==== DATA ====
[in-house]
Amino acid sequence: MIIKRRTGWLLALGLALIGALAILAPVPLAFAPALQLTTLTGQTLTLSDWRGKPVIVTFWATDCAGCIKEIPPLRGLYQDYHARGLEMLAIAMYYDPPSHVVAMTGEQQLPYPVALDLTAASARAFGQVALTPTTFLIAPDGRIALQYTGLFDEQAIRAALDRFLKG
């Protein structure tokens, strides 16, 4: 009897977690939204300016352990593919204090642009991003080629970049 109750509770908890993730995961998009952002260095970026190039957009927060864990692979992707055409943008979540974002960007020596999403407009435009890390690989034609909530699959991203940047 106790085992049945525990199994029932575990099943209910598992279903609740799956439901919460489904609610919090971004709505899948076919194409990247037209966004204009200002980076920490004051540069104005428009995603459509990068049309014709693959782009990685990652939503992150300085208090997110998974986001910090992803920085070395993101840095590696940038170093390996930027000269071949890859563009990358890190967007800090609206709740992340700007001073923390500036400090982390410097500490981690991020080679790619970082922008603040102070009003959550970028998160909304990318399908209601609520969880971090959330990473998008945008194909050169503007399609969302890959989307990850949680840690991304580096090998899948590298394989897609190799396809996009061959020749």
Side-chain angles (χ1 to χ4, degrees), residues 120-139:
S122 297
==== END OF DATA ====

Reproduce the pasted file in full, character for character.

[in-house]
Amino acid sequence: MIIKRRTGWLLALGLALIGALAILAPVPLAFAPALQLTTLTGQTLTLSDWRGKPVIVTFWATDCAGCIKEIPPLRGLYQDYHARGLEMLAIAMYYDPPSHVVAMTGEQQLPYPVALDLTAASARAFGQVALTPTTFLIAPDGRIALQYTGLFDEQAIRAALDRFLKG
């Protein structure tokens, strides 16, 4: 009897977690939204300016352990593919204090642009991003080629970049 109750509770908890993730995961998009952002260095970026190039957009927060864990692979992707055409943008979540974002960007020596999403407009435009890390690989034609909530699959991203940047 106790085992049945525990199994029932575990099943209910598992279903609740799956439901919460489904609610919090971004709505899948076919194409990247037209966004204009200002980076920490004051540069104005428009995603459509990068049309014709693959782009990685990652939503992150300085208090997110998974986001910090992803920085070395993101840095590696940038170093390996930027000269071949890859563009990358890190967007800090609206709740992340700007001073923390500036400090982390410097500490981690991020080679790619970082922008603040102070009003959550970028998160909304990318399908209601609520969880971090959330990473998008945008194909050169503007399609969302890959989307990850949680840690991304580096090998899948590298394989897609190799396809996009061959020749």
Side-chain angles (χ1 to χ4, degrees), residues 120-139:
S122 297